Paternoster Square, City of London

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Temple Bar Paternoster Square               P1030938-transf-varlt-varyr-u3-h550-u0.5-q70.jpg (78470 bytes)               P1030951-transf-varlt-u2-h550-u0.5-q50.jpg (72625 bytes)

Temple Bar forms the southern entrance to Paternoster Square from the west end of St Paul's Cathedral. It is the only surviving gateway into the City of London and marked the boundary with the City of Westminster, standing originally at the junction of Fleet Street and the Strand. It was rebuilt at this site in 2004. Built in 1672 at the behest of King Charles II to replace a previous timber gateway, it was designed by Sir Christopher Wren, with statues by John Bushnell. In 1878 it was removed from its original site to improve traffic flow and and make space for the new Royal Courts of Justice. The brewer Sir Henry Meux bought it and had it re-erected in 1887 as a gateway into his estate at Theobald Park in Hertfordshire. In 1976 the Temple Bar Trust was set up to buy it back for the City and eventually found this location for it.

Paternoster Square was severely damaged in the war and redeveloped in the 1960s. The result was unpopular and the square was again redeveloped in 1996-2003 to a masterplan by Whitfield Partners.

P1030954-transf-varlt-u3-h550-u0.5-q70.jpg (82467 bytes)          Paternoster Square London          P1030936-transf-u3-h550-u0.3-q50.jpg (77630 bytes)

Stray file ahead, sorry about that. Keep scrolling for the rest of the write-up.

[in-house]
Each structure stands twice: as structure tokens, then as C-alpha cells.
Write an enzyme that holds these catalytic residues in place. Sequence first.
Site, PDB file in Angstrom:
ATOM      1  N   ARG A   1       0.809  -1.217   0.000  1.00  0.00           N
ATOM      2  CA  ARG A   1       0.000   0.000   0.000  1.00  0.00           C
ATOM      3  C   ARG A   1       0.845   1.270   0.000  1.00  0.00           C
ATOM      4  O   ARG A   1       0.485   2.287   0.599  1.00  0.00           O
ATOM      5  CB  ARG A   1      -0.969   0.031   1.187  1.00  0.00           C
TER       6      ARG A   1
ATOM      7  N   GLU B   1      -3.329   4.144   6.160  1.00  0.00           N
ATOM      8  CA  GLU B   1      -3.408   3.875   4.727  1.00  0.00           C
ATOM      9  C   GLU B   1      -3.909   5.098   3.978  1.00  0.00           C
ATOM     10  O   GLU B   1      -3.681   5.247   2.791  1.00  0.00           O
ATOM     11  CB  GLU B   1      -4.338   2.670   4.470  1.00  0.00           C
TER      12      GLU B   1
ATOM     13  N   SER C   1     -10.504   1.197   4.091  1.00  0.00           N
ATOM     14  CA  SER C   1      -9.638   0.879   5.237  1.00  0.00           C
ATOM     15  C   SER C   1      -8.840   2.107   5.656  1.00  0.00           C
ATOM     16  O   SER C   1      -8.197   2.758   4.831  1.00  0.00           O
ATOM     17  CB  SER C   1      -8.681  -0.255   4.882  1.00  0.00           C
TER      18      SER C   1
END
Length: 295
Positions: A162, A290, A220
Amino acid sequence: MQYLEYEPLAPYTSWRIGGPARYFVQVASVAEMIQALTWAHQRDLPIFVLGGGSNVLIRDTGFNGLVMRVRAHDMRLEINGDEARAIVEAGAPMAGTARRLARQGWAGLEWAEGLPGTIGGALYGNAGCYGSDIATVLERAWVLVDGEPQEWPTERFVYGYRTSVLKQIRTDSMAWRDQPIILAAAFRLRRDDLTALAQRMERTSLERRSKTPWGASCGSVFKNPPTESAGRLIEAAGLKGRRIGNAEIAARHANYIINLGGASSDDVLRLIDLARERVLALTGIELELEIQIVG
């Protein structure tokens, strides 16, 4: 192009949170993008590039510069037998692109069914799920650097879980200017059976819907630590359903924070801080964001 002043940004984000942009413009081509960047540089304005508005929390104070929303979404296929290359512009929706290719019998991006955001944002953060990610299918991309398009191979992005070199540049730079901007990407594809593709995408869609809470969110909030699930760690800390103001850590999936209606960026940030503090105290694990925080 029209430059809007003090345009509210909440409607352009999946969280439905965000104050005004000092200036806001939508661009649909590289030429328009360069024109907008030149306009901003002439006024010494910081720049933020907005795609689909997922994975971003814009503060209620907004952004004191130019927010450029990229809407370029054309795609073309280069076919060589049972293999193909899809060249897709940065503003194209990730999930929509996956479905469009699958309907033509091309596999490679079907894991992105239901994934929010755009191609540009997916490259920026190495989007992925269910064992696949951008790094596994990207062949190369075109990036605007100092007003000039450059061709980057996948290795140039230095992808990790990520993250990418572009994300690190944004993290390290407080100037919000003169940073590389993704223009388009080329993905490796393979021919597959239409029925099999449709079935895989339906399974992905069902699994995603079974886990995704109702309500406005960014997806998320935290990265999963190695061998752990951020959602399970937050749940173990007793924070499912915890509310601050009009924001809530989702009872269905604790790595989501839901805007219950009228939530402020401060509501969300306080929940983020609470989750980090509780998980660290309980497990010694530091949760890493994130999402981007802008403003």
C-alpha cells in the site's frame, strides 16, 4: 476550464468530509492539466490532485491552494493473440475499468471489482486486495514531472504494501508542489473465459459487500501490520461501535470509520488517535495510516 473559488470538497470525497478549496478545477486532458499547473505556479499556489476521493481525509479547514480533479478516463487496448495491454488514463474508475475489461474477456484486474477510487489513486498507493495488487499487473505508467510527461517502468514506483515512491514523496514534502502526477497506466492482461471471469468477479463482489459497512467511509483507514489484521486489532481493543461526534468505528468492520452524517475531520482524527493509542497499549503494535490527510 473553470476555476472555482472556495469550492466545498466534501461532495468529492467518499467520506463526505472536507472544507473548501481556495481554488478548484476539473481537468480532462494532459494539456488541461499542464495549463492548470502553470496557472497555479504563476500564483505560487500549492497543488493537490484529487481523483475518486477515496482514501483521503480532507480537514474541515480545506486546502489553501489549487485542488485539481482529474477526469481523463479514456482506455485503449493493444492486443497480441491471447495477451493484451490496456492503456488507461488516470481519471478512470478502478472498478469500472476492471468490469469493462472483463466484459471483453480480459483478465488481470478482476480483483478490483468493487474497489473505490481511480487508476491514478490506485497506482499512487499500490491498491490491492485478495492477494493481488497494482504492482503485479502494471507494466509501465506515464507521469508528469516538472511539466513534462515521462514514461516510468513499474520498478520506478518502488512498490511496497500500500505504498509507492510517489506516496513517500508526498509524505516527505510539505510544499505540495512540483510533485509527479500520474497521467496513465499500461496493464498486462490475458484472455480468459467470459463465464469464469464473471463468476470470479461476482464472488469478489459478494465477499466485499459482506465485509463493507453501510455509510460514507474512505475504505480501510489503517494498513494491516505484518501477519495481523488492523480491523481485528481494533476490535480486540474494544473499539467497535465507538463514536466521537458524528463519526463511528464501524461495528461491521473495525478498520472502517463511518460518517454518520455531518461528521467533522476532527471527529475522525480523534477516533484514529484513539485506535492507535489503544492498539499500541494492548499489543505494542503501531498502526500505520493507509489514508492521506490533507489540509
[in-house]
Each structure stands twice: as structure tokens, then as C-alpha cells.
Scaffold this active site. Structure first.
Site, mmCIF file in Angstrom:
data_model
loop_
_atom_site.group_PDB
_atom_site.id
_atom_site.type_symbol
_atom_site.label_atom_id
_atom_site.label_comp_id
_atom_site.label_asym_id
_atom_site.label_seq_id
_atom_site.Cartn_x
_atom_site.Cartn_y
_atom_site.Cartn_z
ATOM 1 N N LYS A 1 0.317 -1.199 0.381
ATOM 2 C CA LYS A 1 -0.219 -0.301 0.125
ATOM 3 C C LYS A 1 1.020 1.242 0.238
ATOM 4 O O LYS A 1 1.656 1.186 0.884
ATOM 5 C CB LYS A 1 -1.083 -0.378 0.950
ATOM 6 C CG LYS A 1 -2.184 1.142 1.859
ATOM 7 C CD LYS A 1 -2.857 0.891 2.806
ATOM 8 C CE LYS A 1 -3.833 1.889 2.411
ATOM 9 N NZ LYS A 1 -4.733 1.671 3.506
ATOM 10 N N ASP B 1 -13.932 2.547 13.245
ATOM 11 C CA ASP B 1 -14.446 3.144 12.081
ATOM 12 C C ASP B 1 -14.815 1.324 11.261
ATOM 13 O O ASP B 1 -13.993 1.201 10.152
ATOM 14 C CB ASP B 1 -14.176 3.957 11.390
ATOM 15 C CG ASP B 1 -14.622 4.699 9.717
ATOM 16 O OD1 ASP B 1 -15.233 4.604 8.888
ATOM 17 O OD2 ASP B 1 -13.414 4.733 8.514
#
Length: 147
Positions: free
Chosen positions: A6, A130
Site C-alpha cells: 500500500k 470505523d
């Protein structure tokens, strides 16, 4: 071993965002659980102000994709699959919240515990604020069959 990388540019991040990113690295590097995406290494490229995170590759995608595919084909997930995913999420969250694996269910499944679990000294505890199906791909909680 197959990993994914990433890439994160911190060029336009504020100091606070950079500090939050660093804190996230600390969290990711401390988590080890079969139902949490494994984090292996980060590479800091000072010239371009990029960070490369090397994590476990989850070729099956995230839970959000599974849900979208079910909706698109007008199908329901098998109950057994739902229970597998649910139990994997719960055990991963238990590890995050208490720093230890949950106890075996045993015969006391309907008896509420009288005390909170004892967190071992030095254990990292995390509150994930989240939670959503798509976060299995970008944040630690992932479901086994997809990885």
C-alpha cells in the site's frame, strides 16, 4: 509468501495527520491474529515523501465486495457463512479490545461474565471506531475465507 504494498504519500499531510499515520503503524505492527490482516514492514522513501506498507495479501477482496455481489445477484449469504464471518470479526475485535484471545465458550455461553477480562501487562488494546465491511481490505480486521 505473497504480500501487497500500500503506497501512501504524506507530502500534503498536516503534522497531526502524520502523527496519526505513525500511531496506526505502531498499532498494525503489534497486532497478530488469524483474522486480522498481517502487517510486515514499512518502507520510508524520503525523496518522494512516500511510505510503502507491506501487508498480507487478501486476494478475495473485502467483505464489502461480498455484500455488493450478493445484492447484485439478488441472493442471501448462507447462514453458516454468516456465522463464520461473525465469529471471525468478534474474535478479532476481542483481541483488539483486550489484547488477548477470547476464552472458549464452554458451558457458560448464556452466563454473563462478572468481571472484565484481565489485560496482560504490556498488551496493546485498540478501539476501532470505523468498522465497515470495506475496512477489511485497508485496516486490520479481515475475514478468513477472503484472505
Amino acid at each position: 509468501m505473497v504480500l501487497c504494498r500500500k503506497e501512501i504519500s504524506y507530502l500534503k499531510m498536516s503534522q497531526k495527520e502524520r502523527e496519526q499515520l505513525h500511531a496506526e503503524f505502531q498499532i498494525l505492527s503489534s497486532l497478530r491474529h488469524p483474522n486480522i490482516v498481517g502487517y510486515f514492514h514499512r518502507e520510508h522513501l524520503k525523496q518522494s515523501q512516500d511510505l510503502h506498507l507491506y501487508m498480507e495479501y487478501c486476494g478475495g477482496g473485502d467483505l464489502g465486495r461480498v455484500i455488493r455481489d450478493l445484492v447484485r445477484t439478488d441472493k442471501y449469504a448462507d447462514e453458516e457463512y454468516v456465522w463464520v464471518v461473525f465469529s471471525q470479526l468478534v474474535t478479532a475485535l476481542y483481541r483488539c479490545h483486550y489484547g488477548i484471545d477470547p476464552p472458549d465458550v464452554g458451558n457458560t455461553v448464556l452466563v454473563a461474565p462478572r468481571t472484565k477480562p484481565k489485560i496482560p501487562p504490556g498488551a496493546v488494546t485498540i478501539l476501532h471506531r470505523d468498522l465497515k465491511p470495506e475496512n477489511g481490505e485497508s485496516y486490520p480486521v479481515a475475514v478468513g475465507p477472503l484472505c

Part of Juxon House, by Whitfield Partners / Sidell Gibson
Warwick Court by MacCormac Jamieson Prichard
King Edward Court by Eric Parry Architects

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Detail of King Edward Court. I am guessing that the sundial indicates the date at 12 noon. The photograph was taken 7th March 2008, a little after 11 am.

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Chapter House by Sir Christopher Wren
Building Six by Whitfield Partners / Sheppard Robson

The new version of Paternoster Square has had a mixed reception. Quote from Wikipedia article:

"Supporters of the scheme praised it for its harmonious architecture, much of it built in brick and stone like Wren's chapter house for St Paul's (which is integrated into the plan); for its mix of offices and shops; and for its coherent organization of space by means of a large central piazza and urban walkways which cut through the block in logical ways to tie it into the surrounding urban fabric; and claimed that it represented an ideal example of modern development on a traditional site.
Critics called the architecture banal; dismissed the mixed-use credentials ..."  Full Wikipedia article

From The Guardian 3 November 2003:

"St Paul's is now flanked to its north by a gathering of burly office blocks clad in the architectural equivalent of tweed coats. The odd bit of classical paste and some bizarre 1930s Italian fascist-style posturing help complete the look of this architectural fancy dress party.

Many visitors to the new-look Paternoster Square will be surprised to hear negative comments. Surely, here are some of the best-mannered new office blocks in Britain, ..."  Full Guardian article


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